Internet Identity and Conspiracy 101

Recently, I’ve started to work on the problem of sybil attacks in mobile nets, and I came across this old discussion on identities in the Internet. The Snakes of Medusa and Cyberspace: Internet identity subversion.

In short, there are a few basic categories under which identities may fall under in Cyberspace: `True Name’, `Anonymously’, `Pseudonymously’, and, more importantly, `Pseudoanonymously’ (i.e., the message identification is of a `fake’ identity, a person that does not exist despite the implicit indications of the message (such as a signature with a realistic name, including a phone number, etc.). The problem with the latter category is that ” A message that is anonymous could be `from anyone’, including a known megalomaniac, and people would be cautious in revealing information to that nonentity… But someone who supposedly `exists’ automatically carries more implicit trust — including a very important kind of trust that they are unique from other individuals.” That’s called pseudospoofing.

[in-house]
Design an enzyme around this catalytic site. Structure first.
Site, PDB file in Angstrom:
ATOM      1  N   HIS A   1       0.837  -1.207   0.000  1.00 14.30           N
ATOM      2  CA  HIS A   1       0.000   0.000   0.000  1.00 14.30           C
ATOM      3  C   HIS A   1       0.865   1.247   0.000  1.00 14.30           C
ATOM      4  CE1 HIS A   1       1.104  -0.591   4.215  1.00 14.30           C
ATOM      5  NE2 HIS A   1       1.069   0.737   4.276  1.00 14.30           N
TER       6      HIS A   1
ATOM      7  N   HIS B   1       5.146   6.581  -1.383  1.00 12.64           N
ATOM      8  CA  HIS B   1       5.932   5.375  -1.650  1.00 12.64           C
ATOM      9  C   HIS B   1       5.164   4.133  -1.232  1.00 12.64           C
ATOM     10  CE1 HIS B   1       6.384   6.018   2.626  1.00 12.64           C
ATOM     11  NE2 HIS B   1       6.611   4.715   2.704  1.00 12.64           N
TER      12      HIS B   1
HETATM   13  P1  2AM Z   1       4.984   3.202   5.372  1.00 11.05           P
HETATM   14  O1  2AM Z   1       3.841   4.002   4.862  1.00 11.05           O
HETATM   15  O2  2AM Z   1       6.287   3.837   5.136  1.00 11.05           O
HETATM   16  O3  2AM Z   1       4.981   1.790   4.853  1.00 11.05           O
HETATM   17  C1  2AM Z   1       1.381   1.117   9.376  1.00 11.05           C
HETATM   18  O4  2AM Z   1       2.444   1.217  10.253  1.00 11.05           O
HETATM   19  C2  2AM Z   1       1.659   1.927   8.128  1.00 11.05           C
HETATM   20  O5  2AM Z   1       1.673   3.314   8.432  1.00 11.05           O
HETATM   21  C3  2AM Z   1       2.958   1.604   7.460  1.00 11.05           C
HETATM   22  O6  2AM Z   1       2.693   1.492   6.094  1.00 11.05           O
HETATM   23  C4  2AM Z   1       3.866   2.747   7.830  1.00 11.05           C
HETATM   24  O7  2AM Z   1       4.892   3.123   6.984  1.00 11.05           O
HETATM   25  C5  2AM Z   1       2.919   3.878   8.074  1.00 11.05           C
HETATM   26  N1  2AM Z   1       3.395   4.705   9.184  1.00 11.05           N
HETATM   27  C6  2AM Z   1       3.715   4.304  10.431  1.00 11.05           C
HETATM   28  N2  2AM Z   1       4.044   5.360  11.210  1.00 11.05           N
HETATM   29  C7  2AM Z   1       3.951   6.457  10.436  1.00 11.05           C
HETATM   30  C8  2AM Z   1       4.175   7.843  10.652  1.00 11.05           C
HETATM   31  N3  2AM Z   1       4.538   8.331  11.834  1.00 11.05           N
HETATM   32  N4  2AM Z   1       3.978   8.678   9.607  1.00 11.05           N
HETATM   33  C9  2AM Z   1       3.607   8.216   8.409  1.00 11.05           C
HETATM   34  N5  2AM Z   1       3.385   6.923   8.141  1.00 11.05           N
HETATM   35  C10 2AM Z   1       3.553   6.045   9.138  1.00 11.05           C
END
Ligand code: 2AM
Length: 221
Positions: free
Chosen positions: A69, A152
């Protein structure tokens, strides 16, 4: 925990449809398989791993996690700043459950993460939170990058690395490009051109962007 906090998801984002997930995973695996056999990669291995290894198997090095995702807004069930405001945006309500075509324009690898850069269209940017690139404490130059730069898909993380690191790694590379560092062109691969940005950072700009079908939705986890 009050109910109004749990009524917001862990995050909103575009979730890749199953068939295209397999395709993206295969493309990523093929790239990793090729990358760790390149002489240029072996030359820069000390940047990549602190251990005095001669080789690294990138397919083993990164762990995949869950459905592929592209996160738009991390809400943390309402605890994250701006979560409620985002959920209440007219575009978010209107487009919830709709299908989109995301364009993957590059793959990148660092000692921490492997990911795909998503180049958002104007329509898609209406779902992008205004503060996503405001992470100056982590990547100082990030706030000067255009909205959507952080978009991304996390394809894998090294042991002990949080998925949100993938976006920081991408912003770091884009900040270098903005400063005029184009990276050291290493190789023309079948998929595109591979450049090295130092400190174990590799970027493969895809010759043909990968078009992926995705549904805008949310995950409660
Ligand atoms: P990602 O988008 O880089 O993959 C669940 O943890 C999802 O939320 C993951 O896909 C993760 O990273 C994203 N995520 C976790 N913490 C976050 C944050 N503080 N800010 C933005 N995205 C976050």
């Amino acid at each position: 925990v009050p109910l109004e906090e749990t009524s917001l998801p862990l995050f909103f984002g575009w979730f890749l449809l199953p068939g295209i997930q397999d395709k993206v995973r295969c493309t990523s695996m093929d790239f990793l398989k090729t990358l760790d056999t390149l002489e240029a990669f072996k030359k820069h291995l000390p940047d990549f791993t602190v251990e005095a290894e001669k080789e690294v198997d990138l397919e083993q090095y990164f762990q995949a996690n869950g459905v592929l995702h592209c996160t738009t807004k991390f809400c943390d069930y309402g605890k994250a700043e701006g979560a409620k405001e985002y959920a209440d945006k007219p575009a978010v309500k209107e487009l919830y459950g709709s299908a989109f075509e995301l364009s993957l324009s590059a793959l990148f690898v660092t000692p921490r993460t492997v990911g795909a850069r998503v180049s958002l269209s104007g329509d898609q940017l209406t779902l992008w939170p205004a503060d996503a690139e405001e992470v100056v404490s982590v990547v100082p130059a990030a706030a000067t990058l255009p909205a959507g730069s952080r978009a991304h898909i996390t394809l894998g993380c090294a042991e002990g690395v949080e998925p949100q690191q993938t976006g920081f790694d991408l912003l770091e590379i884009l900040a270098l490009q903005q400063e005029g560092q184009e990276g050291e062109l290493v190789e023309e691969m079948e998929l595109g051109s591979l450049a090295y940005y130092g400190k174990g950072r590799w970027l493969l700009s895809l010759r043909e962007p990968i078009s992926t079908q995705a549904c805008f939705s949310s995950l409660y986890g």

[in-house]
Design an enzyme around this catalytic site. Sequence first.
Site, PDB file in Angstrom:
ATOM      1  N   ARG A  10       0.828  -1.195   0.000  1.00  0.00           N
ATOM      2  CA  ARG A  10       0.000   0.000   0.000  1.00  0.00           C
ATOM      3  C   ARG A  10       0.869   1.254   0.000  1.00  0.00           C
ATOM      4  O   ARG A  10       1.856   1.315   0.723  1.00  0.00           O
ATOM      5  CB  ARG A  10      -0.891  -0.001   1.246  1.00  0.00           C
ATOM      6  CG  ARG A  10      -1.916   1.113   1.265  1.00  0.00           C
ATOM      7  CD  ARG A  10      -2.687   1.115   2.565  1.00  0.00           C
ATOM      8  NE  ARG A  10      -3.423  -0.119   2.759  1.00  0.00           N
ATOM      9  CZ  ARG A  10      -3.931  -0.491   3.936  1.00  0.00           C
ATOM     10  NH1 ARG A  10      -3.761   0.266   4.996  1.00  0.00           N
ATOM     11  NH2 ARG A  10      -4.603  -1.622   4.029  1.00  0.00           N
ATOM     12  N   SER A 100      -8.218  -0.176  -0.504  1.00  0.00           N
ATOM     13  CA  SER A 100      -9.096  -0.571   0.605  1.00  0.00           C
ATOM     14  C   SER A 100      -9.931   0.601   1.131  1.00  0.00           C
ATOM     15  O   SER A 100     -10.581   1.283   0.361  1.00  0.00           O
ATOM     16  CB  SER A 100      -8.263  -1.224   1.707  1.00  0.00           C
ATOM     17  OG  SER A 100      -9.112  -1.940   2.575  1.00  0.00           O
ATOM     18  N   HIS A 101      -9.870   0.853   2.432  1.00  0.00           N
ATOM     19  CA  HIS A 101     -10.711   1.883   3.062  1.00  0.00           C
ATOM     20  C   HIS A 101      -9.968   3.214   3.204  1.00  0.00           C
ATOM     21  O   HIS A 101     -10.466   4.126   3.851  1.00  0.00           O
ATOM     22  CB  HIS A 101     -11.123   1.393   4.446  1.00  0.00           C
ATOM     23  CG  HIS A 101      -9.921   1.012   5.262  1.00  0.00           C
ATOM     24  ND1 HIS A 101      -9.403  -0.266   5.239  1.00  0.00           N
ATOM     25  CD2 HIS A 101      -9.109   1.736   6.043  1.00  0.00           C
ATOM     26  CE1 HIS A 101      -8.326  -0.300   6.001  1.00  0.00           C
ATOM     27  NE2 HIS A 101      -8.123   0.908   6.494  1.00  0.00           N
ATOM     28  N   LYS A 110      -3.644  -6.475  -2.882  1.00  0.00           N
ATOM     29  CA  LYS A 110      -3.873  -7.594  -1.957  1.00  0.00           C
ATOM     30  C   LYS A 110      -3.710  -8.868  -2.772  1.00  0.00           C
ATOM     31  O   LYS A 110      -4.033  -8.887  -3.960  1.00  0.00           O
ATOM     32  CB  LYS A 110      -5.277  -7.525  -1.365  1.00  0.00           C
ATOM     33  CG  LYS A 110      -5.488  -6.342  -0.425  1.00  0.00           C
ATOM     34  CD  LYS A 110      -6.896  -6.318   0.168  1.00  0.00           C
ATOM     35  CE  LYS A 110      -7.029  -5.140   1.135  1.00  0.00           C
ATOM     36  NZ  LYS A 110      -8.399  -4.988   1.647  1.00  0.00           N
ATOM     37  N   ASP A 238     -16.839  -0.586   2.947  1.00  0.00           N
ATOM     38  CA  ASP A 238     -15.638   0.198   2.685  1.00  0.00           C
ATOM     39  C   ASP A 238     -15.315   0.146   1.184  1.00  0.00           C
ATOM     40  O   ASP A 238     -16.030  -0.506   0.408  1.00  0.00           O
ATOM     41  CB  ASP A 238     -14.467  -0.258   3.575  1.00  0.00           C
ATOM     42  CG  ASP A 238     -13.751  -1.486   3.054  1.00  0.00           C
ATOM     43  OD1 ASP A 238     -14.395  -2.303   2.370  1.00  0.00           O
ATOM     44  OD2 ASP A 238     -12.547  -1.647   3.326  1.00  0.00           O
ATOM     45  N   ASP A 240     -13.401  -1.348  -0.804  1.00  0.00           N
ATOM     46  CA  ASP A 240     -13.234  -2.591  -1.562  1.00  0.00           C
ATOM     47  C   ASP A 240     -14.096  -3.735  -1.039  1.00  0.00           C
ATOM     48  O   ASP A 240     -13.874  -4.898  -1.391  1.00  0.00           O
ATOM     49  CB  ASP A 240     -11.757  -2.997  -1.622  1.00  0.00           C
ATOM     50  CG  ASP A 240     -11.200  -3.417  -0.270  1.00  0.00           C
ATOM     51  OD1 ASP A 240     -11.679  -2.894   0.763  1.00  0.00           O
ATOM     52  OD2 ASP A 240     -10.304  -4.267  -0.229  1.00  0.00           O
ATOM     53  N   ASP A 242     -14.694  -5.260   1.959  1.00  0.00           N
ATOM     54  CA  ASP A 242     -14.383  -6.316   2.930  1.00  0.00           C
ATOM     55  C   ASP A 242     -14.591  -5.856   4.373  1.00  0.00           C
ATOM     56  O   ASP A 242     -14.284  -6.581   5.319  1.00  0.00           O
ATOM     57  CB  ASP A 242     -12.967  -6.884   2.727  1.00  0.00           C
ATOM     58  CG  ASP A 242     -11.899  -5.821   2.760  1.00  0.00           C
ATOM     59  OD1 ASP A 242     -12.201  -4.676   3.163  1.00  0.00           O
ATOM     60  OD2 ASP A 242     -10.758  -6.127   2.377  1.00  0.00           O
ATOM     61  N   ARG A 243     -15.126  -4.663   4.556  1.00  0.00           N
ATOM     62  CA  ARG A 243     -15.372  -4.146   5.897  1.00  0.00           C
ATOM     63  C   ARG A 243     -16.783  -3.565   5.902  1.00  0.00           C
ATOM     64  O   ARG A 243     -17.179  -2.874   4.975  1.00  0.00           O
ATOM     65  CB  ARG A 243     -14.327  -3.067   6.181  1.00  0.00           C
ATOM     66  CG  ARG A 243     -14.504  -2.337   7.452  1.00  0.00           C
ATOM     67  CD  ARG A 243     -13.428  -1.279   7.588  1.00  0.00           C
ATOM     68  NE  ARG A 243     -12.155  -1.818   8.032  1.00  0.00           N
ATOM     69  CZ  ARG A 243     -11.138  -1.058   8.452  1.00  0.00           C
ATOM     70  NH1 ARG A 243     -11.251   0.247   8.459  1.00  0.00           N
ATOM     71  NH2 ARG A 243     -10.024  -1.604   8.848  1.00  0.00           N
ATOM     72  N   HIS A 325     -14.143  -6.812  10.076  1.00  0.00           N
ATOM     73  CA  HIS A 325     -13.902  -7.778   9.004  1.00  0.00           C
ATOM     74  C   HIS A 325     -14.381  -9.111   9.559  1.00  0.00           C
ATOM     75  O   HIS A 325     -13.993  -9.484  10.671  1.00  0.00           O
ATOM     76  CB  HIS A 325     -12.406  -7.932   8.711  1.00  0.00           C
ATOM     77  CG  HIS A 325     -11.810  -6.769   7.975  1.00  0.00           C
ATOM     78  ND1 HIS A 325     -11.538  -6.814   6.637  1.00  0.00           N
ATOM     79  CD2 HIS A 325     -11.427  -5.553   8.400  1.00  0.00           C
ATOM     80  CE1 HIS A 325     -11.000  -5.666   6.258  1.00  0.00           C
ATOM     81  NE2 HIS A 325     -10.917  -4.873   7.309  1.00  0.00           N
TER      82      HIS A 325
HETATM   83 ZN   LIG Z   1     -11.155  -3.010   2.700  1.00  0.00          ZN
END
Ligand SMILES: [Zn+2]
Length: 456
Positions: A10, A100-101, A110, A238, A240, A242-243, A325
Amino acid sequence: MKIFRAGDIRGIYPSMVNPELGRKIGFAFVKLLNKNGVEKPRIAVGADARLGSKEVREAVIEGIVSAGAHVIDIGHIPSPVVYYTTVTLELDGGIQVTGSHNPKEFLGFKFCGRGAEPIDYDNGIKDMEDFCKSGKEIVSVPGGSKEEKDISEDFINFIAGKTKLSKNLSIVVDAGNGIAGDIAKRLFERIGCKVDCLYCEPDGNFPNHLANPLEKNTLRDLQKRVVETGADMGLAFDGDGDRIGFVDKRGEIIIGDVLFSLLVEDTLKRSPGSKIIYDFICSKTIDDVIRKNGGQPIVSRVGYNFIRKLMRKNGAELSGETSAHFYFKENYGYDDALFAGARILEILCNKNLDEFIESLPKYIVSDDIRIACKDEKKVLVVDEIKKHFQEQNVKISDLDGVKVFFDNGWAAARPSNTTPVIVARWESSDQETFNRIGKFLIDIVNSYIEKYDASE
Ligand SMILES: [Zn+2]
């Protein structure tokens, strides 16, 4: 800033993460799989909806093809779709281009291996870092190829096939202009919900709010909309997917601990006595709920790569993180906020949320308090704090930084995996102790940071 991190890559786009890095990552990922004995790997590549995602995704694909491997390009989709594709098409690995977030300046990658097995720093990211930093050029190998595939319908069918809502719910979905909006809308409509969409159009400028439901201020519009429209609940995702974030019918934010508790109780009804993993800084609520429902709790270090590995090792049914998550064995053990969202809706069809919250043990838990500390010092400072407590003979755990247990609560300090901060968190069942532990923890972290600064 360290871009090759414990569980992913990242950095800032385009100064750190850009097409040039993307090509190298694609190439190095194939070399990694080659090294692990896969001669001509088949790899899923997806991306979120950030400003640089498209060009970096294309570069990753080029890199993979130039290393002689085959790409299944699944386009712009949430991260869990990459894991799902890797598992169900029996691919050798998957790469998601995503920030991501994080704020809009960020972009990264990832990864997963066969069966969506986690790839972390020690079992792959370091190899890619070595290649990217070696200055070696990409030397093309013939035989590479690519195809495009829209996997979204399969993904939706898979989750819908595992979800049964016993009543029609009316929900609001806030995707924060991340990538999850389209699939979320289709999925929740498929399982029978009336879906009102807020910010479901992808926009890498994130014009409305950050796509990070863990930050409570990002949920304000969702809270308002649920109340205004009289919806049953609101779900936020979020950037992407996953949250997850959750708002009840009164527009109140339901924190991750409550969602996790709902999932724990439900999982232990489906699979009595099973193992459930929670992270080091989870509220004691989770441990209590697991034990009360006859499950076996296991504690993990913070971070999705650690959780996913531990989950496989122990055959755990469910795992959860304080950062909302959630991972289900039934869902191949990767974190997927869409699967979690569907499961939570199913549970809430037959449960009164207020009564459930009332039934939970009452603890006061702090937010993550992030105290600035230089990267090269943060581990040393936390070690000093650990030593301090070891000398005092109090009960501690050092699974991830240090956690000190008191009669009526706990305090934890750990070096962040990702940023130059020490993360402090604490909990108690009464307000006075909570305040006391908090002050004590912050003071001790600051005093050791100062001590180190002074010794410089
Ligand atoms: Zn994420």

Here we go with Conspiracy 101:
“Once subscribed, the CryptoAnarchists could use the aforementioned techniques of pseudospoofing to build up the reputations of their tentacles [fake identities] and manipulate others with those tentacles.If someone suggested a robust protocol for identification on one of these mailing lists, they could engage a single or even multiple tentacles into sabotaging the proposal with scathing criticism and derailing discussion into irrelevant areas. … Once a few snakes of Medusa had their fangs into Cyberspace, an antidote to the invisible, spreading, self-reinforcing poison would be virtually impossible to administer — Medusa would certainly do *anything* to avoid swallowing it!”

Comments are closed.